The second- and fourth-most distant galaxies ever seen (UNCOVER z-13 and UNCOVER z-12) have been confirmed using the James Webb Space Telescope’s Near-Infrared Camera (NIRCam).
Recent cosmic revelations provided by the James Webb Space Telescope has offered profound insights into galaxy formation and endorses the fundamental tenets of the Big Bang theory.The James Webb Space Telescope (JWST), renowned for its precision, has once again altered our cosmic understanding after officials were able to bring to light two galaxies: UNCOVER-z13 and UNCOVER-z12.Utilizing the gravitational lens of the galaxy cluster Abell 2744, the telescope peered into the past and confirmed these galaxies as the second and fourth-most distant ever observed.The galaxies, situated around 3.5 billion light-years away, appeared with unique characteristics, defying the typical point-like shape of galaxies at such distances. UNCOVER-z13, with a redshift of 13.079, secures its place as the second-most distant galaxy whereas UNCOVER-z12 follows closely with a redshift of 12.393.
"Previously discovered galaxies at these distances … appear as a dot in our images… But one of ours appears elongated, almost like a peanut, and the other looks like a fluffy ball," Bingjie Wang, part of the JWST UNCOVER team, said in a statement.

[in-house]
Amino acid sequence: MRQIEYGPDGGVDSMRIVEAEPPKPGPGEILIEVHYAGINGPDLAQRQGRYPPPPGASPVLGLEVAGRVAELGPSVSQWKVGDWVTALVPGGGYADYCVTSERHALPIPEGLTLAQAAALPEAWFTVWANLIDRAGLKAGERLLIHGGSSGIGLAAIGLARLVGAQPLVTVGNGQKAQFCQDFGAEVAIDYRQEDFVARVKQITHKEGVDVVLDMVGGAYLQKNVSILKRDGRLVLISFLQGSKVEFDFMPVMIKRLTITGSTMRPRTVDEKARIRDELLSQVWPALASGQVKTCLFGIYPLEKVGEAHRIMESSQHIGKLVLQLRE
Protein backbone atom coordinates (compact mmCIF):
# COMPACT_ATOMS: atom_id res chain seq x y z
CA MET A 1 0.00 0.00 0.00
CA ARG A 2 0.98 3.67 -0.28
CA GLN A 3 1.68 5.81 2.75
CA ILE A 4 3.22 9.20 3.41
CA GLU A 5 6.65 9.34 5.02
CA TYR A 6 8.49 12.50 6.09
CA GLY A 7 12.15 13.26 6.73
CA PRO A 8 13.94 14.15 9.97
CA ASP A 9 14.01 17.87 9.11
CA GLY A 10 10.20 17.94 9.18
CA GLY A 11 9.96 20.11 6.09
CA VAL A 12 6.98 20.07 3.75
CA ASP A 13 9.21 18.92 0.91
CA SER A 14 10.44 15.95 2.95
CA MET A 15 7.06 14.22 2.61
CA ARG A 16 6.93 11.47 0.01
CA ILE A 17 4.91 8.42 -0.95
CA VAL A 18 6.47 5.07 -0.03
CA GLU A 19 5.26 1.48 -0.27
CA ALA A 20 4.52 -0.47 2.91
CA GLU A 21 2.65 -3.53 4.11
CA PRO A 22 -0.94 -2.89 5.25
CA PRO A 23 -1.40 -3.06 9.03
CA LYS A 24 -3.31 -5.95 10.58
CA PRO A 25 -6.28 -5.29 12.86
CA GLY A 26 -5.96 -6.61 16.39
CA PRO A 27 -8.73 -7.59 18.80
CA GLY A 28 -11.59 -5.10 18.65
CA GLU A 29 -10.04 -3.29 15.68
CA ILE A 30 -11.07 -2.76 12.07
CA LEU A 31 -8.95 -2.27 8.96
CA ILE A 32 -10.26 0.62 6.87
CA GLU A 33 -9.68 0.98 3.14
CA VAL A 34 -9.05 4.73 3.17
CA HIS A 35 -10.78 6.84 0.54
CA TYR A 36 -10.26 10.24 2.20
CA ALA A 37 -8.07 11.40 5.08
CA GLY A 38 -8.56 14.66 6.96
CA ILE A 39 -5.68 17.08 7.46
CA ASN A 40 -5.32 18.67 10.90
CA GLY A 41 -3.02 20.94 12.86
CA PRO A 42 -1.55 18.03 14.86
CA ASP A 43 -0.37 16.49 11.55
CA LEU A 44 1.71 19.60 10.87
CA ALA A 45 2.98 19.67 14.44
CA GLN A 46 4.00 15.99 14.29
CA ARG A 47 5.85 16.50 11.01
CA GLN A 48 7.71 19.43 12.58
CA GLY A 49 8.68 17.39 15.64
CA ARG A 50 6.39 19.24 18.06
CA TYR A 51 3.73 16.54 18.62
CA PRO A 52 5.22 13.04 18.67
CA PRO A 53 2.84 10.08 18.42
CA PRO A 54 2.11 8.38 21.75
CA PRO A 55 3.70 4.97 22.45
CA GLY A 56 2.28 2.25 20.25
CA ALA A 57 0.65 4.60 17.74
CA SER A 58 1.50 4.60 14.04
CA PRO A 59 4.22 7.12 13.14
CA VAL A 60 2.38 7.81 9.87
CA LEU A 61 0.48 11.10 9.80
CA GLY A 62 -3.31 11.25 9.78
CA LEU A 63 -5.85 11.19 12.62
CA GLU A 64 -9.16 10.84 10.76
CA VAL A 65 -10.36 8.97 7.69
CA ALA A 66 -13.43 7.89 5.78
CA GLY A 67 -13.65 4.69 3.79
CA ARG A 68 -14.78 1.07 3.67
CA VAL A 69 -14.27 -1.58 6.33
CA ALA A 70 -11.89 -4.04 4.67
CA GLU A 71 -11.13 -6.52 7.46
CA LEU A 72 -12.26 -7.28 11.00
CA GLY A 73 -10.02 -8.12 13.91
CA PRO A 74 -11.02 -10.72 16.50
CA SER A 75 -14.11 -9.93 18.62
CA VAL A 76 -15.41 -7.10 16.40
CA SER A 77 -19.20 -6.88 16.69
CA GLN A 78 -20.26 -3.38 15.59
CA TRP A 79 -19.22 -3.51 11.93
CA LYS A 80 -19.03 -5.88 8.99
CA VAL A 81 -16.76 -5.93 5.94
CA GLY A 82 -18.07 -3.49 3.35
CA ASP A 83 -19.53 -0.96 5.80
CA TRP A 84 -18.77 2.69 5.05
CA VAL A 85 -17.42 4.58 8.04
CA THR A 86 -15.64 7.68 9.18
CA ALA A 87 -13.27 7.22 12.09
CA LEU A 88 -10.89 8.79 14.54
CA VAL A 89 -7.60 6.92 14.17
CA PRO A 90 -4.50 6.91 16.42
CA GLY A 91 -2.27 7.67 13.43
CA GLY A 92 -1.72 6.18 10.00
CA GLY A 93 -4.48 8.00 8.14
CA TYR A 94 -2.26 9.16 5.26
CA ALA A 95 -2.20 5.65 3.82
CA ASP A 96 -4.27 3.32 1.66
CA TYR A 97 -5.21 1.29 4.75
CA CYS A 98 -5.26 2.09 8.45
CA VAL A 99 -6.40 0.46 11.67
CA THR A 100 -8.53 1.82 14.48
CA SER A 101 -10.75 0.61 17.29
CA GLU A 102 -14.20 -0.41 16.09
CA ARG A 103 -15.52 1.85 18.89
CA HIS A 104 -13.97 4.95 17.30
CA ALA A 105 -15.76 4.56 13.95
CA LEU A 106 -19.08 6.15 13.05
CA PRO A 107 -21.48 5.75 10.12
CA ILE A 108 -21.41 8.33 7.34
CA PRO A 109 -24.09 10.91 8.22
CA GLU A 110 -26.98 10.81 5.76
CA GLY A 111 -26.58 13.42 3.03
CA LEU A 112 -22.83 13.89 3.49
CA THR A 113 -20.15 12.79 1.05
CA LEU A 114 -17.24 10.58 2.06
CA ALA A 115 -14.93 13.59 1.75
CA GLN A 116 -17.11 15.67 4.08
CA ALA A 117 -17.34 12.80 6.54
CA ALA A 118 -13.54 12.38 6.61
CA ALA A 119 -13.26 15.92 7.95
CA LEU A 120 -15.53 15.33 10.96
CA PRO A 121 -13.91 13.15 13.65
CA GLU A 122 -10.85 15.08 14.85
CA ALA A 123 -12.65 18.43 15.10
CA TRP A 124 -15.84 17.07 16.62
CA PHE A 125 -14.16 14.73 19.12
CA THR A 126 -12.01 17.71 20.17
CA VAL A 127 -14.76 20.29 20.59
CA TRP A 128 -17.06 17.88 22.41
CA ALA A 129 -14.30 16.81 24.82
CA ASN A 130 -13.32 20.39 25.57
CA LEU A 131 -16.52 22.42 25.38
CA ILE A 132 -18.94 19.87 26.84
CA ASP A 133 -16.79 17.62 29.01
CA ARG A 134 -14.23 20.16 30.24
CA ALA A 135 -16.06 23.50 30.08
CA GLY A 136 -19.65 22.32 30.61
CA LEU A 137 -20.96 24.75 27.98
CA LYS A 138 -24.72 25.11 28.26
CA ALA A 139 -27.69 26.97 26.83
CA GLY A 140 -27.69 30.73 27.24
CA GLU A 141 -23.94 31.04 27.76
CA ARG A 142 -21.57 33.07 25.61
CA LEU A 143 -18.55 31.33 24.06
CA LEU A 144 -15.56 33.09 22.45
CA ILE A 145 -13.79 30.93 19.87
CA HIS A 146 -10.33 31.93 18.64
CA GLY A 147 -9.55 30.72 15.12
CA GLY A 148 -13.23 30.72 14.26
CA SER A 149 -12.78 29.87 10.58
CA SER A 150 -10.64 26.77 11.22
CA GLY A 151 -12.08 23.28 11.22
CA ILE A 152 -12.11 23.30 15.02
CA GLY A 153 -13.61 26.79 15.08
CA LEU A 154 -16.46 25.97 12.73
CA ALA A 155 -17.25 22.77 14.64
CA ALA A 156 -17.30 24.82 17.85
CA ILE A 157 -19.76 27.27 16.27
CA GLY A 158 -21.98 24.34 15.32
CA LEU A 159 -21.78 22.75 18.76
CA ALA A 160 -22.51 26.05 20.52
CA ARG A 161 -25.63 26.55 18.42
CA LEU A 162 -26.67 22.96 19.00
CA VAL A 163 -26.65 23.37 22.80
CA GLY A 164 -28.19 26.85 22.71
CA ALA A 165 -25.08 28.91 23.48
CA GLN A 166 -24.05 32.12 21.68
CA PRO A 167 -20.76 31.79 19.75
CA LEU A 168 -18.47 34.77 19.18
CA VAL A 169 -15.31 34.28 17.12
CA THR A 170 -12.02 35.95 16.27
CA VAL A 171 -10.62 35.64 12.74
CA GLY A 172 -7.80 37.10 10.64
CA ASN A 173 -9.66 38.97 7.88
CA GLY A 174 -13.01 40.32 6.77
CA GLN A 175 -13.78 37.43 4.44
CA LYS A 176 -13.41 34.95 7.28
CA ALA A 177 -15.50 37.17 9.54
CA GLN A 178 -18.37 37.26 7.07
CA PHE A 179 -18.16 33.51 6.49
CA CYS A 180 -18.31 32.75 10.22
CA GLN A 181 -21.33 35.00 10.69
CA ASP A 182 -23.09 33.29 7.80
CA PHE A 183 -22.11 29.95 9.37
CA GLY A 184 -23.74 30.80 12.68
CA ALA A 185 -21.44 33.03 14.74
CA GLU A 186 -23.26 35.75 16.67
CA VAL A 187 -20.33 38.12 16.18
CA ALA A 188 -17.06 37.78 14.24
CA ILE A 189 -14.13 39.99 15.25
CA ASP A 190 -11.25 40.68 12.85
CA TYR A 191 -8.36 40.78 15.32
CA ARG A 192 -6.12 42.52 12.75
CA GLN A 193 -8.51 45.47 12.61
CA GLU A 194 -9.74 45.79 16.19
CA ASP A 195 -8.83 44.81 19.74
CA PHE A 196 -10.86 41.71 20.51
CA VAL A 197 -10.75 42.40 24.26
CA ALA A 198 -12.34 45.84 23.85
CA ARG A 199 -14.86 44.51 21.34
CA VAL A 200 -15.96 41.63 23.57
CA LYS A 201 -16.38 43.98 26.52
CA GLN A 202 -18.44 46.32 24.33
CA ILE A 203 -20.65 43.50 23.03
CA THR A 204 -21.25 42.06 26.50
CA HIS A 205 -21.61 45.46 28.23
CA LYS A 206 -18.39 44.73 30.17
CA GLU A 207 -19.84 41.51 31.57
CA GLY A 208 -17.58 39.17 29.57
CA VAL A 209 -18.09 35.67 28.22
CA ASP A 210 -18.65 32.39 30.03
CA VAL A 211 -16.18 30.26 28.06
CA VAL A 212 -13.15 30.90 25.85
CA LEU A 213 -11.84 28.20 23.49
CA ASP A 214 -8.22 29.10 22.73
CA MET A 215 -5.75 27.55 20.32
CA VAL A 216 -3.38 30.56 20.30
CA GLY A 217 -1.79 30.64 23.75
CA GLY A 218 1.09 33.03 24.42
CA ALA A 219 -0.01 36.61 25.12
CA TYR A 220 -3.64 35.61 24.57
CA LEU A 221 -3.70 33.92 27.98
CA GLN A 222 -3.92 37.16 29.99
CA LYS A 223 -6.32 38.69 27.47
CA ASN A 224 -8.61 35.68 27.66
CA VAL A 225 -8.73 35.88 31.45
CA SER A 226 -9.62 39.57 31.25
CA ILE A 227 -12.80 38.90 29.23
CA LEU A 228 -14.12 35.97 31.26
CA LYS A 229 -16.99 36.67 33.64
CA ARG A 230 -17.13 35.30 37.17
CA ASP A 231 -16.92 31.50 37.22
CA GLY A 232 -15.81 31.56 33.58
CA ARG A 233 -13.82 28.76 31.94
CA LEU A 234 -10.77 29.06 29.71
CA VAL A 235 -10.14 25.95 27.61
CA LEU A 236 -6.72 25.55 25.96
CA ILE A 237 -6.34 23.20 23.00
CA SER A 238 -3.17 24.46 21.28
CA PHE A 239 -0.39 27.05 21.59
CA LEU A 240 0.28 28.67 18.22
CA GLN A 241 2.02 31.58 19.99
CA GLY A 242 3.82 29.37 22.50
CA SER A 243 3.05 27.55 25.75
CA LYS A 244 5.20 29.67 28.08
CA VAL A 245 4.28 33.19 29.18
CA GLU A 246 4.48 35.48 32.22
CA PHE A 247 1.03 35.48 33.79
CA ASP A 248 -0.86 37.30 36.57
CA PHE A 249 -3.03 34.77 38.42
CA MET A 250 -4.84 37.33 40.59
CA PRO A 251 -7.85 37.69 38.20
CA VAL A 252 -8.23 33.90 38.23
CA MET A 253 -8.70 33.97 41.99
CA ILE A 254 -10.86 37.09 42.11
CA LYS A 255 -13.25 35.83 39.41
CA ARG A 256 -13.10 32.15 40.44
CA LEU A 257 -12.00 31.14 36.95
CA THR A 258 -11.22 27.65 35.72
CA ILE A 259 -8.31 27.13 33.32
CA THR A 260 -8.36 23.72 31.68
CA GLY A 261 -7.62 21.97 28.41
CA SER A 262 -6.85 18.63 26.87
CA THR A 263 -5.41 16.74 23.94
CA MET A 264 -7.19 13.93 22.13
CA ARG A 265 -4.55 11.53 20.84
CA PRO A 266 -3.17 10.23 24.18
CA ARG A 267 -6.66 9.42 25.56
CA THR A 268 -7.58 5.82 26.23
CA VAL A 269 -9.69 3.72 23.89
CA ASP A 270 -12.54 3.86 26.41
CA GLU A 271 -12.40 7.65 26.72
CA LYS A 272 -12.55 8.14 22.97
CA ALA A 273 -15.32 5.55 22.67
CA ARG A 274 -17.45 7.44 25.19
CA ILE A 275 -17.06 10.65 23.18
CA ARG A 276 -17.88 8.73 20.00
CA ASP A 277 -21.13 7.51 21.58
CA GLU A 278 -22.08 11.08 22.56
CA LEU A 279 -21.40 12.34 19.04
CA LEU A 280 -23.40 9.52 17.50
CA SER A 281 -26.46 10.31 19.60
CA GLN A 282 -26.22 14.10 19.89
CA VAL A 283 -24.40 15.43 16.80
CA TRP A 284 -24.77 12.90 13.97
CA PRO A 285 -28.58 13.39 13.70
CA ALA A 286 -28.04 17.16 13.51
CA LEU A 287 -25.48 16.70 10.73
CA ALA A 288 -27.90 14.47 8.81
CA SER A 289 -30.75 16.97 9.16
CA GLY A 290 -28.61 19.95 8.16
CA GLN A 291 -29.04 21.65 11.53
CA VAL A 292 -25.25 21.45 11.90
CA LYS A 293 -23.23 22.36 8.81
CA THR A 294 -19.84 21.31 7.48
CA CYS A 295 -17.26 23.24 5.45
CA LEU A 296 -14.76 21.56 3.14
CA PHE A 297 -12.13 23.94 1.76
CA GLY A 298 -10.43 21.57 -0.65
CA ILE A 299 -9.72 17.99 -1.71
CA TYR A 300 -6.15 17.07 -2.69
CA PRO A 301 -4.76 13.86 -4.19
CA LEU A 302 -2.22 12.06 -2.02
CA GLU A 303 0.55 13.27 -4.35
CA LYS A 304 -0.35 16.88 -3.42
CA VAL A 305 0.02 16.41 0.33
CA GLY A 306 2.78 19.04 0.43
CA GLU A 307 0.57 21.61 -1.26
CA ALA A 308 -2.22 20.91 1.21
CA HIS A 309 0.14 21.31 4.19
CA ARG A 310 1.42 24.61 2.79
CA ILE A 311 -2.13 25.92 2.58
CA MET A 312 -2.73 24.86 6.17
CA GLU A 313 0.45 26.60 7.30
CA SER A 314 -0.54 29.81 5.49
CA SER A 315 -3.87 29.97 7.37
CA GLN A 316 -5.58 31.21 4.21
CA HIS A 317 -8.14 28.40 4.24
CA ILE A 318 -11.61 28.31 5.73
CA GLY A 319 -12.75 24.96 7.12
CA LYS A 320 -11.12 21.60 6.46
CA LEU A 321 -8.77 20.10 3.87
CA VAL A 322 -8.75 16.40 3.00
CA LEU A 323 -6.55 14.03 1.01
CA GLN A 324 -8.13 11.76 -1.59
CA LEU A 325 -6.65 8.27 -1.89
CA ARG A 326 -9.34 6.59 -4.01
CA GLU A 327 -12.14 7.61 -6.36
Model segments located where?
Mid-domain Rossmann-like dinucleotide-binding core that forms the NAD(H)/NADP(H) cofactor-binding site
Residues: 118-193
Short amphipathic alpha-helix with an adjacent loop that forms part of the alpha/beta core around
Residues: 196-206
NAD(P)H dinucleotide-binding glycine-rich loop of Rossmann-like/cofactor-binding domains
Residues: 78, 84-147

What sets these galaxies apart is their structural diversity. Unlike previously discovered galaxies at similar redshifts, the UNCOVER galaxies exhibit elongated and spherical shapes. UNCOVER-z12, in particular, boasts an edge-on disk spanning about 2,000 light-years, six times larger than its contemporaries.Beyond PoliticsJames Webb Space Telescope Boosts ‘Ice Pebble Drift’ Theory – Study12 November, 13:48 GMTDespite their differences, both galaxies share key characteristics supportive of the Big Bang model. The galaxies are young, small, possess a low abundance of heavy elements, and actively form stars. These findings align with the narrative of the universe’s early stages, where galaxies evolved from modest beginnings through mergers and rapid growth.”It makes sense that these early galaxies don’t have heavy elements like metals because they were some of the first factories to build those heavy elements… They would have to be young and star-forming to be the first galaxies, but confirming these properties is an important basic test of our models and helps confirm the whole paradigm of the Big Bang theory,” said Joel Leja, who is an assistant professor of astronomy and astrophysics at Penn State University and a co-researcher on Wang’s team, said in the statement.While the JWST possesses the capability to detect even younger galaxies with higher redshifts, the absence of such discoveries in the lensed images raises intriguing questions. Scientists speculate on the possibilities: either galaxies did not form before the observed time, or the current observations are a result of a limited observational window.The findings were published in Astrophysical Journal Letters.